AND GUIDES TO EXPEDITIONS
Group leader – translator – responsible for logistics during ONE RIVER trips.
Darious is a founder and organizer of the One River Project and as a host he is responsible for logistics during all expeditions. Since 2010 he has been organizing trips to Colombia, exploring local culture and rituals. He is a guide, traveller, musician, animator of events in Poland, the USA and Colombia, speaks Polish, Spanish and English and regularly translates between all three. Darius treats life as a journey, combining work with passion. A free spirit, he loves people and make friends with teachers and leaders as well as the indigenous people of Colombia and Mexico. A practitioner on the spiritual path associated with traditional medicines of the Amazon and the Andes, he has learned ancient techniques that in our reality have turned out to be proven tools for therapy and personal development.
“Walking on the streets of Medellin in 2012, not accidentally I came across a beautiful movie poster depicting a powerful, turbulent waterfall and on its edge you could see indigenous inhabitants standing and looking down at the foaming waves. Captivated by this sight, a few days later I found myself in the movie theatre watching that documentary called “Apaporis- in Search of One River”.
The movie is based on fragments from a book written by an anthropologist, Wade Davis. The book is about his teacher, Harvard professor, anthropologist and ethnobotanist Richard Evan Schultes, and his multiple trips during the interwar period into the Amazon forest in searching of gum trees – mostly for the purpose of dynamically developing arms industry. Schultes was fascinated by the riches of the Amazon rainforest and decided to stay with the Indian tribes for many years in order to study medicinal plants and accompanying them rituals.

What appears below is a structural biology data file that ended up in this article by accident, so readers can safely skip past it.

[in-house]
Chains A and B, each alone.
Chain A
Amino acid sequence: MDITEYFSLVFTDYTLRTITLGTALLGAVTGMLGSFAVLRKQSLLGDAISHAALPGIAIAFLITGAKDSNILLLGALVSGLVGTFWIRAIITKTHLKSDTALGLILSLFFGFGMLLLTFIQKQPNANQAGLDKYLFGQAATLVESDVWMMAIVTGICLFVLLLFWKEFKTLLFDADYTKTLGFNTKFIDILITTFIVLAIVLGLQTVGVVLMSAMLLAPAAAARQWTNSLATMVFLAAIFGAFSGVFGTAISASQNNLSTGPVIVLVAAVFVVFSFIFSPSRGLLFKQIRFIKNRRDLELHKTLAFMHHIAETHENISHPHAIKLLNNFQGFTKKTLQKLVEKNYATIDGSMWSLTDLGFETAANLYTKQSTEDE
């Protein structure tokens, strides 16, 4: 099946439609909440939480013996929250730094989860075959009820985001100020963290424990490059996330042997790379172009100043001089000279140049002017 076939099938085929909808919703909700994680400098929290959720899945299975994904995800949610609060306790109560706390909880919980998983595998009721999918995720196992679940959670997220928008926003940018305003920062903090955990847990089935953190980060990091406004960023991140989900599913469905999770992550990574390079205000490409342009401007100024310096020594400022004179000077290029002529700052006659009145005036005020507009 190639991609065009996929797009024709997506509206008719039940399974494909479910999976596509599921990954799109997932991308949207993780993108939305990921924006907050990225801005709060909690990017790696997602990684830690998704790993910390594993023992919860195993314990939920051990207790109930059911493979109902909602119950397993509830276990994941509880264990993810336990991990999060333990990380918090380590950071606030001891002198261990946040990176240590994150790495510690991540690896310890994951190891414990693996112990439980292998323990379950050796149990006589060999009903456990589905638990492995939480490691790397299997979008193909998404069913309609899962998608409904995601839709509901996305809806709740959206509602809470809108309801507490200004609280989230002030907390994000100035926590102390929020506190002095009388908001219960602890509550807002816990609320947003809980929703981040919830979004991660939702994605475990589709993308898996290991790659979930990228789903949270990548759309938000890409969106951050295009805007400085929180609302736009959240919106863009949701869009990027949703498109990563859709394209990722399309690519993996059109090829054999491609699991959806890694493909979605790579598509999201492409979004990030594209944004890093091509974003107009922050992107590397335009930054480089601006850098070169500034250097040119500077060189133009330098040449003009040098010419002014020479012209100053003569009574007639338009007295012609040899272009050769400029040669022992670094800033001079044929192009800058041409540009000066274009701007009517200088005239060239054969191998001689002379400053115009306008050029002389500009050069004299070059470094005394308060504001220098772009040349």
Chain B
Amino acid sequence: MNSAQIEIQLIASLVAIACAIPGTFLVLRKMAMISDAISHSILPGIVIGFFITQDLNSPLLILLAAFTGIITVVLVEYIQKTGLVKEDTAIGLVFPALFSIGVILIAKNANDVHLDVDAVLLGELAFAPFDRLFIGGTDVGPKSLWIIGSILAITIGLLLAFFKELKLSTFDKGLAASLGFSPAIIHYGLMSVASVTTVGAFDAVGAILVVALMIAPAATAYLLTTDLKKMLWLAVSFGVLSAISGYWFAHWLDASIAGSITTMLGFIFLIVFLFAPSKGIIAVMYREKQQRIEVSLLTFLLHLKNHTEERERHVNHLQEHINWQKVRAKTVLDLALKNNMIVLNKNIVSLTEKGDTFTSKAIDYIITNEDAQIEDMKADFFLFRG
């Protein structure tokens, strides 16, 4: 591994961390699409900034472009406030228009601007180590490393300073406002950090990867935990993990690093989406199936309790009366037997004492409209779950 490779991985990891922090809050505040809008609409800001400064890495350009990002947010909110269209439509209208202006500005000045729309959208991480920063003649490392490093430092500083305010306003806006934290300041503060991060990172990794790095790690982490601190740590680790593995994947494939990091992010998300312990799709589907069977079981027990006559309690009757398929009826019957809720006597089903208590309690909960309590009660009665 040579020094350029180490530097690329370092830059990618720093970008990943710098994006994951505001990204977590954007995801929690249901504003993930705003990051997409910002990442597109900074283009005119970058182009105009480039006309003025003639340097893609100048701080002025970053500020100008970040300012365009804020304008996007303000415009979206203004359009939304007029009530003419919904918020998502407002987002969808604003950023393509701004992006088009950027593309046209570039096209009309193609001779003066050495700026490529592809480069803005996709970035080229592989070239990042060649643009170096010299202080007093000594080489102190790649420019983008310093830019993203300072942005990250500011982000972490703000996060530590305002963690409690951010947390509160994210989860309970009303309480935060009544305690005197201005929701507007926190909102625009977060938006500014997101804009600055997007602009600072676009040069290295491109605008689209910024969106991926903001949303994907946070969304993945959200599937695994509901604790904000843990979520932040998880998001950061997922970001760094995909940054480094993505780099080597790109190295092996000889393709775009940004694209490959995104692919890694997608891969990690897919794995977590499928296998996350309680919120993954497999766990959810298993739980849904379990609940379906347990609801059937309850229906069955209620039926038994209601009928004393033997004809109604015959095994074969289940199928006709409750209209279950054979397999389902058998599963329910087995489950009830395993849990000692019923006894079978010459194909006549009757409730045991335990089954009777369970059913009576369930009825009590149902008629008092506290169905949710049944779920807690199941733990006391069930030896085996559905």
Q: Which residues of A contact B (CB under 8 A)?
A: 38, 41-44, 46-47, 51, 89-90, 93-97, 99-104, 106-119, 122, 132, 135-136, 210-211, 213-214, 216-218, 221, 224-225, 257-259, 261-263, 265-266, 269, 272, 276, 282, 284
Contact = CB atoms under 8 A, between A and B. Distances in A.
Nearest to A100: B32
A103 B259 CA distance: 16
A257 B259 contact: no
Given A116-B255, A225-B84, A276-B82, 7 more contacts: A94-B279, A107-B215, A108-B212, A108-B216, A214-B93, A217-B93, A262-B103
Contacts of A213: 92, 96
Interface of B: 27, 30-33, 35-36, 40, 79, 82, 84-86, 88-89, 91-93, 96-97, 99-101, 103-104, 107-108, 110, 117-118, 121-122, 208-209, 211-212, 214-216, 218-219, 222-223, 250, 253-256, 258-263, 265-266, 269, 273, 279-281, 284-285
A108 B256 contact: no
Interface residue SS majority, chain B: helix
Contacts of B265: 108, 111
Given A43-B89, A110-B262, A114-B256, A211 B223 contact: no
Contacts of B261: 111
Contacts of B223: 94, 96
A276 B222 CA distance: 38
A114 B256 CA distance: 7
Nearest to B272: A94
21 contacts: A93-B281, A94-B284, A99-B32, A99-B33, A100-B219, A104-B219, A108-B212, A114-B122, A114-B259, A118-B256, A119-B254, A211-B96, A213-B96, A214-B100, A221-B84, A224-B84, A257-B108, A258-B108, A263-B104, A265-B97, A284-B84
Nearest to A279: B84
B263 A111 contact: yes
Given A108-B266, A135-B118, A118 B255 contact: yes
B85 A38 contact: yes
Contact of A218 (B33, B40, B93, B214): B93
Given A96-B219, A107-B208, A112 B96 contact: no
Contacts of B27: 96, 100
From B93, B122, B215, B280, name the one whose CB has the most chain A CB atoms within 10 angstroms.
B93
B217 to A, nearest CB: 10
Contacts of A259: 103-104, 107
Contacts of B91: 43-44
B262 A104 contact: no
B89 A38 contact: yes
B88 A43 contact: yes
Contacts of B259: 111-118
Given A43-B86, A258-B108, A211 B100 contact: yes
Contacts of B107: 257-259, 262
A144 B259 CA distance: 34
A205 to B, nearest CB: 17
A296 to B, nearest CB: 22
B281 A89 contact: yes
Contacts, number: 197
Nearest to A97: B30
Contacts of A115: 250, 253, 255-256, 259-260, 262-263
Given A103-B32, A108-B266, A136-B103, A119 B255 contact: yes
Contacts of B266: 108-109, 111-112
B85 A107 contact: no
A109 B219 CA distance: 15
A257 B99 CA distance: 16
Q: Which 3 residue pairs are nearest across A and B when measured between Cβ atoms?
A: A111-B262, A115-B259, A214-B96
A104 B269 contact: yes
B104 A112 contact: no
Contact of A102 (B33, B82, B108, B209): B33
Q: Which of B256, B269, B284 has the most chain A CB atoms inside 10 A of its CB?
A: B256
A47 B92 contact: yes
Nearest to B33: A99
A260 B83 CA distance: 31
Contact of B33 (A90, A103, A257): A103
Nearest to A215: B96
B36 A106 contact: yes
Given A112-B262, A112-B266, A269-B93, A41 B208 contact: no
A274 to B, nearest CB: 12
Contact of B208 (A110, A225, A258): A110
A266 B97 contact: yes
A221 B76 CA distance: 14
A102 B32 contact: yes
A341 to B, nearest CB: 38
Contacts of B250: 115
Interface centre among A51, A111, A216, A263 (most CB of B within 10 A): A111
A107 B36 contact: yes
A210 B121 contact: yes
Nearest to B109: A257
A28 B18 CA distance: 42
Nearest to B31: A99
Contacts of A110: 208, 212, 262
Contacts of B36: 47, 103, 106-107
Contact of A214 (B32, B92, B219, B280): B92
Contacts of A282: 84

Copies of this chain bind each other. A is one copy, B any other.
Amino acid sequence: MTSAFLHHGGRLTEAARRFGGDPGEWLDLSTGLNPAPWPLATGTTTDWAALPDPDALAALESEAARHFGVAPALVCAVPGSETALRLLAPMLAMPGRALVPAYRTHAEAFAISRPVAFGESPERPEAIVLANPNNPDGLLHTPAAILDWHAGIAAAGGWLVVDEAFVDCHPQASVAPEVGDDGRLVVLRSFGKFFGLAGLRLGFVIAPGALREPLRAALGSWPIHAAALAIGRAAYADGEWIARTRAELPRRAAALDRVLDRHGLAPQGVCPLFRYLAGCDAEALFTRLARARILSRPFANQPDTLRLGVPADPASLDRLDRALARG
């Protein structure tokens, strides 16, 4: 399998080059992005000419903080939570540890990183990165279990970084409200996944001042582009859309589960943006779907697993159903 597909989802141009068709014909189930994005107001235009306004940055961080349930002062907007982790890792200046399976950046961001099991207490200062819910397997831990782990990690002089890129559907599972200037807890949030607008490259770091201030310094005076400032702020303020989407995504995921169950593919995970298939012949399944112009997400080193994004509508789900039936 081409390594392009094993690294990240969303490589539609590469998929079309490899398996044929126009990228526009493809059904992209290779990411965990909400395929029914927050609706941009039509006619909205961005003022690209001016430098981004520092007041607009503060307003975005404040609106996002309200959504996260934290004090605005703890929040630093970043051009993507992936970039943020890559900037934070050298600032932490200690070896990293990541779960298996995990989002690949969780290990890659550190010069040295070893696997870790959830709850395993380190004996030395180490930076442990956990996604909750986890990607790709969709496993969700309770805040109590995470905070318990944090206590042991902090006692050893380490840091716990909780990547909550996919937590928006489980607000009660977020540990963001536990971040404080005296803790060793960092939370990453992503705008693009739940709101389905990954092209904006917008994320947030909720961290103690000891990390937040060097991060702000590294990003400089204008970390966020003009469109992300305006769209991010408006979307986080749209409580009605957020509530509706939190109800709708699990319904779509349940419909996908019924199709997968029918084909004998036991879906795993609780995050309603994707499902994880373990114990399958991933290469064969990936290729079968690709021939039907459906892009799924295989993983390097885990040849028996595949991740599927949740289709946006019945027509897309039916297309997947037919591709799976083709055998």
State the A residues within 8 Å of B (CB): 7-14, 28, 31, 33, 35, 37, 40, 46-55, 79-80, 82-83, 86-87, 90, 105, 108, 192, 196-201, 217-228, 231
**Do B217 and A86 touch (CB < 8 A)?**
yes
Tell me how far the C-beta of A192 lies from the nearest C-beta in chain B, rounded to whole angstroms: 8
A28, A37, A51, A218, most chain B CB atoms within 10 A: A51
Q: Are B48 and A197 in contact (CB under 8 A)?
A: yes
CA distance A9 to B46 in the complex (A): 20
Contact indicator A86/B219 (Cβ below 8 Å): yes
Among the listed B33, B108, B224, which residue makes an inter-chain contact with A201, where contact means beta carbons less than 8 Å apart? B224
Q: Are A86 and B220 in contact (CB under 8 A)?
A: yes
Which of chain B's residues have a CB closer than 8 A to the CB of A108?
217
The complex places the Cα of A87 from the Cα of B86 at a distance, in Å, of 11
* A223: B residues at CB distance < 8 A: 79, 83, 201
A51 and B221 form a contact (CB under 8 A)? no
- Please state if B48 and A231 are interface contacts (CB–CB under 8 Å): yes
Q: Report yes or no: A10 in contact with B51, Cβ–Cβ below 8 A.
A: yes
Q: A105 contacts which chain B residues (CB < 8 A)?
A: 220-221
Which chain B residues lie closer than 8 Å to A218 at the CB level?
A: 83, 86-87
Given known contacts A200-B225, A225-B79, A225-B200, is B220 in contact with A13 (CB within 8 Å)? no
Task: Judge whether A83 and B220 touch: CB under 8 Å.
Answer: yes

The medical tradition was the reason why many indigenous cultures and their cosmologies survived and the trailblazing work of Professor Schultes is still considered to be one of the most important achievements in the field of ethnobotany and anthropology.
The movie brought me to a magical world of indigenous cultures that lived in seclusion for millennia. The beauty of the landscapes and poetic style of this film enriched with a narrative based on professor Schultes’ reflections taken from his manuscript as well as the indigenous shamans and inhabitants of the Amazonian village, mesmerized me to the point that I promised myself to organize a journey to that place.
Several years have passed already and this idea hasn’t withered, it only has matured and is constantly evolving.
It is my great pleasure to invite you on a journey to Colombia for one month long adventure and a spiritual expedition, thanks to which the whole project earned its name: ONE RIVER – “Journey to the Source.”
Therapist and group supervisor.
Agata has been working as a psychotherapist for many years and she calls this chapter “her third life”. Before she started working in this profession she graduated in Fine Arts obtaining a master degree in Illustration. In her “first life” Agata launched an exhibition of her artworks, illustrated several books and published a page for children in Pomeranian Gazeta Wyborcza newspaper.
In her “second life” she worked as a journalist, writing mostly for newspapers. She hosted several radio programs and dozen TV shows. She ended this chapter many years ago and began to organize empowering workshops for women along with year-round development groups for women. These experiences pushed Agata to deepen her knowledge in the area of development, psychological help and psychotherapy.